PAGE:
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View Full Version : 59 Lark HT, Saveable?



54-61-62
05-28-2006, 04:03 PM
I just got this 59 2-dr ht lark in a complicated deal. I got it as a parts car, but now I'm wondering about fixing it. Has the normal midwest rust. Needs floors, rockers, etc. Trunk has no rust though.

Even though I have tinkered on alot of studes I've never done floor work, etc though I have a wire welder.

Whats your guys opinion on fixing it? worth it? I'm debating.

KF

http://www.albumtown.com/data/f861a1acaebb1618a4db3a6983ee2cd3/54594_p1015009.jpg

http://www.albumtown.com/data/f861a1acaebb1618a4db3a6983ee2cd3/54594_p1015010.jpg

http://www.albumtown.com/data/f861a1acaebb1618a4db3a6983ee2cd3/54594_p1015011.jpg

mbstude
05-28-2006, 04:09 PM
Personally, I think it's saveable. We've redone cars 10 times worse than that. Our 51 coupe barely had a floor at all. I like the early Lark HT's; or any Lark HT for that matter. If it was me, I'd save it.

Matthew Burnette, the 16 year old Stude nut.
South Georgia Chapter
63 Daytona HT (project)
51 Stude dump truck (yes, I won the raffle)
52 Commander Starliner (basket case)

MANY more Studes in the family and a few parts cars
http://community.webshots.com/user/mbstude101
And here: http://community.webshots.com/user/mbstudepagetwo
And here too: http://photos.yahoo.com/ph//my_photos

rockne10
05-28-2006, 04:48 PM
I agree; this is saveable. Floor pans are available from Classic Enterprises classicent.com

Any restoration is a PITA but, if there are going to be parts cars, let them be sedans. Ten years from now we will kick ourselves for letting any of them go.

buddymander
05-28-2006, 05:40 PM
That car wouldn't be too tough to restore at all.

JDP
05-28-2006, 05:47 PM
It could be saved given enough time and money. You'll be way upside down in the car money wise, but if that is not a factor, it could be saved. Sort of like the cheap Avanti I should have shot in the head this month and it was much nicer. I'm 2K in parts and over 100 hours of labor in so far trying to build a decent driver.

Studebaker On The Net http://stude.com
Studebaker News Group
http://groups.google.com/group/alt.autos.studebaker
64 Daytona HT
64 R2 4 speed Challenger
63 R2 4 speed GT Black
63 R2 4 speed GT White
63 GT Hawk
63 Avanti
62 Daytona HT
53 Coupe

mbstude
05-28-2006, 05:56 PM
You're actually going to fix up that cheap Avanti? [:0]
Nothing more expensive than a cheap Avanti...

Matthew Burnette, the 16 year old Stude nut.
South Georgia Chapter
63 Daytona HT (project)
51 Stude dump truck (yes, I won the raffle)
52 Commander Starliner (basket case)

MANY more Studes in the family and a few parts cars
http://community.webshots.com/user/mbstude101
And here: http://community.webshots.com/user/mbstudepagetwo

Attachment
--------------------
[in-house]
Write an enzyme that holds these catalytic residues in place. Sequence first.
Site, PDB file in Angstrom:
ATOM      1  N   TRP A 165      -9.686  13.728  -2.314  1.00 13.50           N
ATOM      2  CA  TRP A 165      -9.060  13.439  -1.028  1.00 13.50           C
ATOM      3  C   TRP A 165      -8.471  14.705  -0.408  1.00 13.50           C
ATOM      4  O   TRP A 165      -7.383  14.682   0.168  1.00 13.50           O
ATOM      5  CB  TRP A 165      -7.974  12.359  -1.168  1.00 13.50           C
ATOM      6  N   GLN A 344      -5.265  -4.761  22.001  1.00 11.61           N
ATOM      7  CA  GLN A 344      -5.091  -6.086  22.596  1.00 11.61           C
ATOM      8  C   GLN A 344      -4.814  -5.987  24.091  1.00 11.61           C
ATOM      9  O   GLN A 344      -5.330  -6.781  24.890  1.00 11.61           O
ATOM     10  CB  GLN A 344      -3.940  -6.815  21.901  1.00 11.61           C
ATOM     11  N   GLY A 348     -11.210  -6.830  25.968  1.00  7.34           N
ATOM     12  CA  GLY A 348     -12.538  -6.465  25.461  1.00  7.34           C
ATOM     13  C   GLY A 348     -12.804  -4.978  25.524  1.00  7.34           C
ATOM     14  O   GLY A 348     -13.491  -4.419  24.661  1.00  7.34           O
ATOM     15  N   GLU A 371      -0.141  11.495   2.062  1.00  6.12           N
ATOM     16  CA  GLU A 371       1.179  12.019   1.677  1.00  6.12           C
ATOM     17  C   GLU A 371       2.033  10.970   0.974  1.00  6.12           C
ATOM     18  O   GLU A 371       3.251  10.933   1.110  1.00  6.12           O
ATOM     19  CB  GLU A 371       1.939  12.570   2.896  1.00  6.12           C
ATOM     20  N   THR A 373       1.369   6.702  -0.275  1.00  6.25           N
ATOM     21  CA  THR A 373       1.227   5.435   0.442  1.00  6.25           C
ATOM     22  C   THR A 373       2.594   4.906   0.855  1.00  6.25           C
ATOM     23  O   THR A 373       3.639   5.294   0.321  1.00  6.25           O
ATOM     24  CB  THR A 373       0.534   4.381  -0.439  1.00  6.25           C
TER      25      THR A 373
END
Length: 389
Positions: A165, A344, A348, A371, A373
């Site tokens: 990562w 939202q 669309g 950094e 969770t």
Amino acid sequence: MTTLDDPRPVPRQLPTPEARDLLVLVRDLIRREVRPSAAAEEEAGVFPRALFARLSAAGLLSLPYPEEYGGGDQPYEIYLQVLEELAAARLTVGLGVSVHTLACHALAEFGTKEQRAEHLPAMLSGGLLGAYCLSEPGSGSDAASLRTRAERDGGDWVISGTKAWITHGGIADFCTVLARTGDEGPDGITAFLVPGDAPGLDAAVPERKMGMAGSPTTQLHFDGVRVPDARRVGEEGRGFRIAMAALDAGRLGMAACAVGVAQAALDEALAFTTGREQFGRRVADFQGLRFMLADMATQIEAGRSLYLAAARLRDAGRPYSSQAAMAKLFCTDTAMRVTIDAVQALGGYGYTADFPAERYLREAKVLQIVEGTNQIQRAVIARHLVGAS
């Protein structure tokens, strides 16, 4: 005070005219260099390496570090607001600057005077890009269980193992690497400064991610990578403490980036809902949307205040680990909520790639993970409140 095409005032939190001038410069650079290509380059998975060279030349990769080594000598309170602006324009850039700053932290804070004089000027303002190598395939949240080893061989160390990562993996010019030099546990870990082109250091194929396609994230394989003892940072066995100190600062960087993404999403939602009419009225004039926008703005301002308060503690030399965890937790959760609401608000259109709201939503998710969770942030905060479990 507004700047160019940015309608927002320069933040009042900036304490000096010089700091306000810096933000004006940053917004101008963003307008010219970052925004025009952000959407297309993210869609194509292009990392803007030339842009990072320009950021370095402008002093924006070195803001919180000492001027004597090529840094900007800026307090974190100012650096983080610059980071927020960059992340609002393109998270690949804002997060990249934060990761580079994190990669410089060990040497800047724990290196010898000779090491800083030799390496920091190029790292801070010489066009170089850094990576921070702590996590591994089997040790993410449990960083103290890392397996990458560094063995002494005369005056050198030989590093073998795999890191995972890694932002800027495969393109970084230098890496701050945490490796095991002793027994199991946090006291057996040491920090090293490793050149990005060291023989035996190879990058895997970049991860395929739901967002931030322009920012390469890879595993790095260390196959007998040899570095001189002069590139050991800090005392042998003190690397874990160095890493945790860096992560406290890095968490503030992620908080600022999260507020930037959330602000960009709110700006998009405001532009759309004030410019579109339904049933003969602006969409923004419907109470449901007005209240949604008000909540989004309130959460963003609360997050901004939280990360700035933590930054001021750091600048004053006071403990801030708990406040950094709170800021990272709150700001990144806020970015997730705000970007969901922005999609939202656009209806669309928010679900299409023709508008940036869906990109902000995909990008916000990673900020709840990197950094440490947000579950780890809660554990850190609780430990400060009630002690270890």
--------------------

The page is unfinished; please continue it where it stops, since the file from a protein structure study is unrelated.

And here too: http://photos.yahoo.com/ph//my_photos

54-61-62
05-28-2006, 10:50 PM
Thanks for assuring me I haven't gone crazy thinking I can fix it. Really it wouldn't be that bad since I can get NOS rear fenders, but I would have to find some better front fenders.

If I do make it a long term project it will get upgraded to a 259 w/ 3od, sure would make it a fun car.

KF

imported_n/a
05-28-2006, 11:25 PM
There is Nothing Like A Lark.....I especially like the steering wheel the 57-58-59's Studes used. Bottom Line is, if the bottom line doesn't matter for now, go for it. I think that the old, old "economy cars" are going to gain momentum one of these days, and the interest in mega-cid muscle cars may decline, simply because even driving them around the block will cost too darn much. But, being able to drive a restored classic auto with 20+ mpg capability and decent performance to a car meet 500 miles away would make this car very attractive to enthusiasts in years to come .

JDP
05-28-2006, 11:36 PM
A lot of collectors can't afford to spend 5-10K upfront for a nice 59 HT, but are will to spend double that spread over a few yesrs on a lesser car. By the time they are done, the market may catch up with them.:) I have the luxury of buying rust free cars from out west, but I've done my share of rust belt cars when I was younger.
At my age, anything involving more then a floor patch or rocker panels replacement is a deal breaker.

Studebaker On The Net http://stude.com
Studebaker News Group
http://groups.google.com/group/alt.autos.studebaker
64 Daytona HT
64 R2 4 speed Challenger
63 R2 4 speed GT Black
63 R2 4 speed GT White
63 GT Hawk
63 Avanti
62 Daytona HT
53 Coupe

5859
05-29-2006, 04:10 AM
Packebaker, I agree with you about the stering wheels that Studebaker used in those years, I think it is one of the most attractive steering wheels Studebaker ever used, mabeye one of the most attractive wheels used by any manufacturer in the 50"s except mabeye the 58 Plymouth.